Overall I would recommend Custard Cup.  It seems to be popular with the locals which is always a good sign.  It's definitely a smoother and more filling treat than a DQ creation, and if you're a fan of custard it's the obvious choice.

Wednesday, August 22, 2012

Gross' Burgers

On a trip to Eastern Illinois, we got a tip to check out a burger joint called Gross’ Burgers.  Anyone who can succeed for 30 years with that name must make a mean burger, so we drove to Danville to check it out.  
 When I see a sign for “gross burgers” I conjure up an image of Wendy’s Jr bacon cheeseburger.  Thankfully, these were nothing like that.

The place is pretty small with several metallic chairs and tables crammed into the dining area and a tall counter where customers place their orders. 

 It doesn’t take a genius to figure out that the owner was in the Marine Corps.  Based on the jungle d├ęcor, I’m guessing that he’s a Vietnam vet which automatically makes him a total badass.  Above the door is a mural complete with the front half of a jeep, a machine gun, and empty shells.  Uniforms and American flags adorn the opposite wall.  

 After we ordered and the infantry got to work, we found a place to sit and I took in the surroundings.  I was inspired to start a ‘Nobama’ chant but our burgers arrived and my mouth got too busy.

If you’re like me and have a hard time making decisions, Gross burger is the perfect place.  It is decided that you will have a burger.  If you want a side, it will be fries.  Ice cream presented a problem because I wanted a half and half twist cone.  They do not have chocolate ice cream. So I chose to have blue goo swirled in.  They ran out of the goo.   Finally, I settled on a cone with watermelon swirl.  Shakes are also available in vanilla, chocolate, banana, strawberry, and cherry.  The special is the All American (f*ck yea) meal which, unsurprisingly, includes a massive amount of food for under 7 bucks.  Can you guess what Richie ordered?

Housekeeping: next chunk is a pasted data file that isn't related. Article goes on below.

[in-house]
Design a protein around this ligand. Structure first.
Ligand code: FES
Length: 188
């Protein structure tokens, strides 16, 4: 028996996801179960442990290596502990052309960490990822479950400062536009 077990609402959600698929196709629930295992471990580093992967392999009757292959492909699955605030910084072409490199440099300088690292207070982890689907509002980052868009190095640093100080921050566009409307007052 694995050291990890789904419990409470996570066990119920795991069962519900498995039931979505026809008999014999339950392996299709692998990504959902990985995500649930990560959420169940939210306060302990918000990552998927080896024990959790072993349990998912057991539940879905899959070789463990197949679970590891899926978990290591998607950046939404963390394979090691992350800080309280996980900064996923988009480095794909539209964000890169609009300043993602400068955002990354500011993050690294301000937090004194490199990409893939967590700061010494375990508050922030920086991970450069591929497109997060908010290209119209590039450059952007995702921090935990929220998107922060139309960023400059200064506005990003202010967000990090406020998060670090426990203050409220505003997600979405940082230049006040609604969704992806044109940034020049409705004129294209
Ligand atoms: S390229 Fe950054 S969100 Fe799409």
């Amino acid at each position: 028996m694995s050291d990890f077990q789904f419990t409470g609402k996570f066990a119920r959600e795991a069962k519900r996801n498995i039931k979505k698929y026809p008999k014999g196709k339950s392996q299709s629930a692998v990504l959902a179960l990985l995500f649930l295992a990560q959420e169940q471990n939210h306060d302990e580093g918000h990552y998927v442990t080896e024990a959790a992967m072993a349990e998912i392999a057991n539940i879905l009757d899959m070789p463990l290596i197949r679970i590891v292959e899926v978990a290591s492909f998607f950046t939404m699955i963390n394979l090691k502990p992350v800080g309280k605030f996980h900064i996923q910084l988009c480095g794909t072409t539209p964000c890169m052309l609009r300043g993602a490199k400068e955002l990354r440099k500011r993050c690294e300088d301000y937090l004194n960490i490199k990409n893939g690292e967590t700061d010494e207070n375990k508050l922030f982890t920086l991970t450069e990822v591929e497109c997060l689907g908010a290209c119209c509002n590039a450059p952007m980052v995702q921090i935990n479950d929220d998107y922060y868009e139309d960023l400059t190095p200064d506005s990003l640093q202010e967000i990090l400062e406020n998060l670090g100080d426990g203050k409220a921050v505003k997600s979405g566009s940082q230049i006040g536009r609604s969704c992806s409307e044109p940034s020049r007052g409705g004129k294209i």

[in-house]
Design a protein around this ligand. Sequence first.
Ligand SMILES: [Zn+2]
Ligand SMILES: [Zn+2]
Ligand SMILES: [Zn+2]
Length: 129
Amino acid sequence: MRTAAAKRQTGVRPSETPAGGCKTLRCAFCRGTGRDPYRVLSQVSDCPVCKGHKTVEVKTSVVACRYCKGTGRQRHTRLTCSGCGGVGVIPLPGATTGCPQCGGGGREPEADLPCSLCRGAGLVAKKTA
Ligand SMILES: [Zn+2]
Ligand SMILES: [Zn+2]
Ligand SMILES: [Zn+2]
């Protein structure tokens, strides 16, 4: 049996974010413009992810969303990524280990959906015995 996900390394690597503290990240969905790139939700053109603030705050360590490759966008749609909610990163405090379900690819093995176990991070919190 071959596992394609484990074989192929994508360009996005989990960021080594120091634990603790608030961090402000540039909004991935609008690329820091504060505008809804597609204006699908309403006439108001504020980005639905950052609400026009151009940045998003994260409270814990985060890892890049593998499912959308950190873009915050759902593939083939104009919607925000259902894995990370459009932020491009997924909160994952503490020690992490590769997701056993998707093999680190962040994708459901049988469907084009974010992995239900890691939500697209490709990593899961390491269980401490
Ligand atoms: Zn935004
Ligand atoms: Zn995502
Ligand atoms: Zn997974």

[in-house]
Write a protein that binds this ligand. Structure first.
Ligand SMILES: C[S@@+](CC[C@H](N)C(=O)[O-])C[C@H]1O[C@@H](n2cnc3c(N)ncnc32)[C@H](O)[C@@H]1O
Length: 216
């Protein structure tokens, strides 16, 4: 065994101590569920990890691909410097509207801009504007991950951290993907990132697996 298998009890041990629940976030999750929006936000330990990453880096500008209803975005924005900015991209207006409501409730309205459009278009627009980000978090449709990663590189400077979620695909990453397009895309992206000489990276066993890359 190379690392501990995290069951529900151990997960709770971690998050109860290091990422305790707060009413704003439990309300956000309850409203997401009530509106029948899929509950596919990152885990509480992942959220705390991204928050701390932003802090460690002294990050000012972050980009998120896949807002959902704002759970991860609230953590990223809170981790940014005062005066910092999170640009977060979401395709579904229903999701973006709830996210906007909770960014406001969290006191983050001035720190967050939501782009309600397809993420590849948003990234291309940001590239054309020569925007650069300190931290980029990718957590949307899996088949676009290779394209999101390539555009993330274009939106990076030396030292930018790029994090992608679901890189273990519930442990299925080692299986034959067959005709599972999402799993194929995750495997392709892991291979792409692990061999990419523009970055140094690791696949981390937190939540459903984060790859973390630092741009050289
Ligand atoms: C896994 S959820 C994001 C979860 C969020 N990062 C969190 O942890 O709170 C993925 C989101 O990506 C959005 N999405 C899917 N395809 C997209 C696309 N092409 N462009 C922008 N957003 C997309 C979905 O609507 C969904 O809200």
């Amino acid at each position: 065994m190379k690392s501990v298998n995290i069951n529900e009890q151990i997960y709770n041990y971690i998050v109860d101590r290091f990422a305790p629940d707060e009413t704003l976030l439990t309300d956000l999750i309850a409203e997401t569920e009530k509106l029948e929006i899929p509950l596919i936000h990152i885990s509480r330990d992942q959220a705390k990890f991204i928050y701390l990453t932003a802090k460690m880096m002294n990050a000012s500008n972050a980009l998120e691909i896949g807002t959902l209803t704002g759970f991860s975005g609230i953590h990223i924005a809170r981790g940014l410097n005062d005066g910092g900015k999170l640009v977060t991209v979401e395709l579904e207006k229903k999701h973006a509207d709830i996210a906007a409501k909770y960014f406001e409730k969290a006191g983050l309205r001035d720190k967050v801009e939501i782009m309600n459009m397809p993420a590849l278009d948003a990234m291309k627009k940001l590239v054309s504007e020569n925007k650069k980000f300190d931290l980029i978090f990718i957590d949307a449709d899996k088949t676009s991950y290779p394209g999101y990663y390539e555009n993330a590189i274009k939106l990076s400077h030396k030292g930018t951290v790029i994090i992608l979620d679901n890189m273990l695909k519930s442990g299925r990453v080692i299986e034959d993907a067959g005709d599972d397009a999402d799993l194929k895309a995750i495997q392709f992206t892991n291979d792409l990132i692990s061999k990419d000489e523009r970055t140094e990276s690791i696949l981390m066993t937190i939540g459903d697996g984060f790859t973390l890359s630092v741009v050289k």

The meat for the burgers is ground daily which immediately trumps any fast food burger you’ll find.  (Still waiting for a restaurant that keeps their cows out back.)  The patties are grilled and flattened to the size of a saucer.    I ordered a simple hamburger with pickles, ketchup, and mustard.  The burger spilled out the sides of the bun, so Red and I started with the well done edges.   After the long journey to the center of the burger, I was full, but the burger was just getting to it’s juiciest.